Conversations With Children

conversations-with-childrenWhen I was working in my center, by the time I got home I was absolutely done talking—at least for a little while. My husband never understood why until one day I explained to him I have conversations all day long. Engaging in conversations with the children was my favorite thing about teaching.  It was tiring some days, but I loved it. To listen to their stories, hopes, concerns, and jokes filled my bucket each day. Conversation is not just talking, but also it is about listening. Extending learning happens by having intentional conversation as well as daily verb exchanges. Children may have limited access with adults engaging in intentional conversations. As early childhood educators, we have the perfect opportunity to engage.

Intentional conversation is key. Positive relationships are created through intentional conversations. These relationships stimulate the building of vocabulary, help with interpersonal skills, help with social-emotional skills because their feelings are validated by your listening and responses, and build the foundation of their perception towards learning (check out my previous blog, Cling to the Positive).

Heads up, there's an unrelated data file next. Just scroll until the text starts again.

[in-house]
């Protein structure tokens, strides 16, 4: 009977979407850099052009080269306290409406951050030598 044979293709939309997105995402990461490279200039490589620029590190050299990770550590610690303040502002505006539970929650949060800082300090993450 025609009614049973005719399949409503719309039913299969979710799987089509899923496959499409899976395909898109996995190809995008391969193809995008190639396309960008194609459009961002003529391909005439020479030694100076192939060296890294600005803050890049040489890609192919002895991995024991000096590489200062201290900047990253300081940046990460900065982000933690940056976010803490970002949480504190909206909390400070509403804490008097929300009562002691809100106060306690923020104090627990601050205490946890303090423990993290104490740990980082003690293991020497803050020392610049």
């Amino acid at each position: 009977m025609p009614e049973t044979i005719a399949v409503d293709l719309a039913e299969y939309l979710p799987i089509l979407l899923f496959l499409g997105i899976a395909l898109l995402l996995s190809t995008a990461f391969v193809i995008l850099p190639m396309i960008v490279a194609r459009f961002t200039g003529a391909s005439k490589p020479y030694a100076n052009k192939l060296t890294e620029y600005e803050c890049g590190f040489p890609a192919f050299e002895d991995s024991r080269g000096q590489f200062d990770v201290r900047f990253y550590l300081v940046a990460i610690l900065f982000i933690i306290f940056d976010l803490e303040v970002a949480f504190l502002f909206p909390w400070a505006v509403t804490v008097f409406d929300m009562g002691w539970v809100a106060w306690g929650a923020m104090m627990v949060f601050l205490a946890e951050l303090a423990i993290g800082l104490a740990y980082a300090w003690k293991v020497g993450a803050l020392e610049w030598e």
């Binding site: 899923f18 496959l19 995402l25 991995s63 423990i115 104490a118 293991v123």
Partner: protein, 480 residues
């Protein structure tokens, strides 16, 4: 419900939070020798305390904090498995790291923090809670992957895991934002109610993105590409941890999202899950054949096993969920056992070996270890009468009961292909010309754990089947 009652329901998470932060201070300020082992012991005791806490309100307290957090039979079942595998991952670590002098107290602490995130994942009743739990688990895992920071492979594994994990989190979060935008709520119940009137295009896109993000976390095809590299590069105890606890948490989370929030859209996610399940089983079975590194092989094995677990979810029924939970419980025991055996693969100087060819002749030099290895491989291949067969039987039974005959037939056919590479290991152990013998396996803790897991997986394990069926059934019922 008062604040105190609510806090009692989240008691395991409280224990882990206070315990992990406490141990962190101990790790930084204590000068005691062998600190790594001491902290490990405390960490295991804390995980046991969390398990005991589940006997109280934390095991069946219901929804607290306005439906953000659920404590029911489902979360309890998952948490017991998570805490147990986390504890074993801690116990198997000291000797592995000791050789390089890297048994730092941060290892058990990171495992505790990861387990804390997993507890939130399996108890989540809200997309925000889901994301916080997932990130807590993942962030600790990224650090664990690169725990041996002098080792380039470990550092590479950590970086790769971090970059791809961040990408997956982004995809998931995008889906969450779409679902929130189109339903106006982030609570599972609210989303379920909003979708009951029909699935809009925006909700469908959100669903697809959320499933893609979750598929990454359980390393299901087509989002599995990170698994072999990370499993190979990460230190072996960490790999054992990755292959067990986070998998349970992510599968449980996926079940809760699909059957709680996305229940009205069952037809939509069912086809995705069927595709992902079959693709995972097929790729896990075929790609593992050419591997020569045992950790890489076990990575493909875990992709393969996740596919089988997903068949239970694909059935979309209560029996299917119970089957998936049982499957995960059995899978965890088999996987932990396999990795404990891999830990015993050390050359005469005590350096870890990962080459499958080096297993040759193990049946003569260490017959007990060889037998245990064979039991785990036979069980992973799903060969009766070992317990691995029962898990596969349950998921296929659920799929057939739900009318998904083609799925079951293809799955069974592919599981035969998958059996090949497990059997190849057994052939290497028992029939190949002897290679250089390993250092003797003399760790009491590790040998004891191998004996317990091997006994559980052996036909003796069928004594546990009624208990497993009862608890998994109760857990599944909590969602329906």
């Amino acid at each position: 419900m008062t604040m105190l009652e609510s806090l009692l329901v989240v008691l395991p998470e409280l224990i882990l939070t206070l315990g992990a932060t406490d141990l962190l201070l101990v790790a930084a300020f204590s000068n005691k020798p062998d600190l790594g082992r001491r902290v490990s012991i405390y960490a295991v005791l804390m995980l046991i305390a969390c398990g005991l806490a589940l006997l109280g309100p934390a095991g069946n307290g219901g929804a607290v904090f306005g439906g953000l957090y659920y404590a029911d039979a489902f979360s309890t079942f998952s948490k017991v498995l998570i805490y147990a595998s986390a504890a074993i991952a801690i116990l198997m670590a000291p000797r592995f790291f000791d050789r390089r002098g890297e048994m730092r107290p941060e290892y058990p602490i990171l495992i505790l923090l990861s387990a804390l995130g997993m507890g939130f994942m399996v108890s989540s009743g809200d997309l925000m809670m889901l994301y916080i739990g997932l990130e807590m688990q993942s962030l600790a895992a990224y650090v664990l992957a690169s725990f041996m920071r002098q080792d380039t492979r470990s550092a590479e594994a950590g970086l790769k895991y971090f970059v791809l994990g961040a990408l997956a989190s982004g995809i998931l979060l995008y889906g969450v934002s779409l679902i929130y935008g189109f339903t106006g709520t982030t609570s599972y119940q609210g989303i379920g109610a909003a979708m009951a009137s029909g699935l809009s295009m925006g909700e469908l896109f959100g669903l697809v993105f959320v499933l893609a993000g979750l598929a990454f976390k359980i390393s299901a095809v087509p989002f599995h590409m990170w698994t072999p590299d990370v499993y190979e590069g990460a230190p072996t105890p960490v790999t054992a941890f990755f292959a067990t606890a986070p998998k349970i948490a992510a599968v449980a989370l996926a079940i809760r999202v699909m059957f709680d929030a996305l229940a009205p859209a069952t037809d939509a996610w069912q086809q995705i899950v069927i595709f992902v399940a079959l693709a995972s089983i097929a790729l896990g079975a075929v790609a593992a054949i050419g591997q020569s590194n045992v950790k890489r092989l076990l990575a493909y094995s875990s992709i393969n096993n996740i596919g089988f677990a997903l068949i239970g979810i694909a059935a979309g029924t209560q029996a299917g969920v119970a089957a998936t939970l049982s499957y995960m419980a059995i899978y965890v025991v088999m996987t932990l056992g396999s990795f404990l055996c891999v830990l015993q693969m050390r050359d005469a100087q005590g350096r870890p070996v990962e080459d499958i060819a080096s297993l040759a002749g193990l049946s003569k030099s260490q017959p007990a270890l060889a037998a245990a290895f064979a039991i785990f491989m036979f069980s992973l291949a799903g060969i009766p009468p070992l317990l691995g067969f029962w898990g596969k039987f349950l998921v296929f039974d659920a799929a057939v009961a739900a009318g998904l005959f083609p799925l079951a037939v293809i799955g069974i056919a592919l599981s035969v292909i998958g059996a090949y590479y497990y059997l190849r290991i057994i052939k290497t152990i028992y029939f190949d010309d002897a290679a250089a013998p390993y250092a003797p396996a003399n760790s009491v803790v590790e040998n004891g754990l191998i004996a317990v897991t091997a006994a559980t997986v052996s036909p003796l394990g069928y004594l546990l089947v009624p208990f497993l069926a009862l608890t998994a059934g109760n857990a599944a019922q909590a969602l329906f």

I found a great resource with tips to help create a language-rich environment from UNC’s Frank Porter Graham Child Development Institute’s Blog, More than Baby Talk.

Below is their list of 10 ways to help create the environment to spark those crucial conversations that develop into lifetime learning for the children in your program.

  1. Get Chatty: Engage in meaningful conversations with children. “Hello, Charlie! How was your ride to school today?”
  2. Be a Commentator: Give descriptions of objects, activities or events. “I see that you are using the orange marker to color your picture today.”
  3. Mix It Up: Use different types of words and grammar. “Alice was aggravated that she couldn’t find the white rabbit”
  4. Label It: Provide children with the names of objects or actions. You can label shelves, coat hooks, cubbies, etc.
  5. Tune In: Engage in activities or objects that interest children.
  6. Read Interactively: Use books to engage children’s participation.
  7. Read It Again: Read books multiple times. This creates opportunities for sequencing/ problem-solving.
  8. Props: Introduce objects that spark conversations.
  9. Make Music: Engage in musical activities. Make your own instruments!
  10. Sign It: Use gestures or simple signs with words.

Bringing more of these new (or not so new) crucial conversation activities into the classroom and making it fun can give you more insight about what the children in your program need! Let the conversations start and have your listening ears (and listening heart) on!

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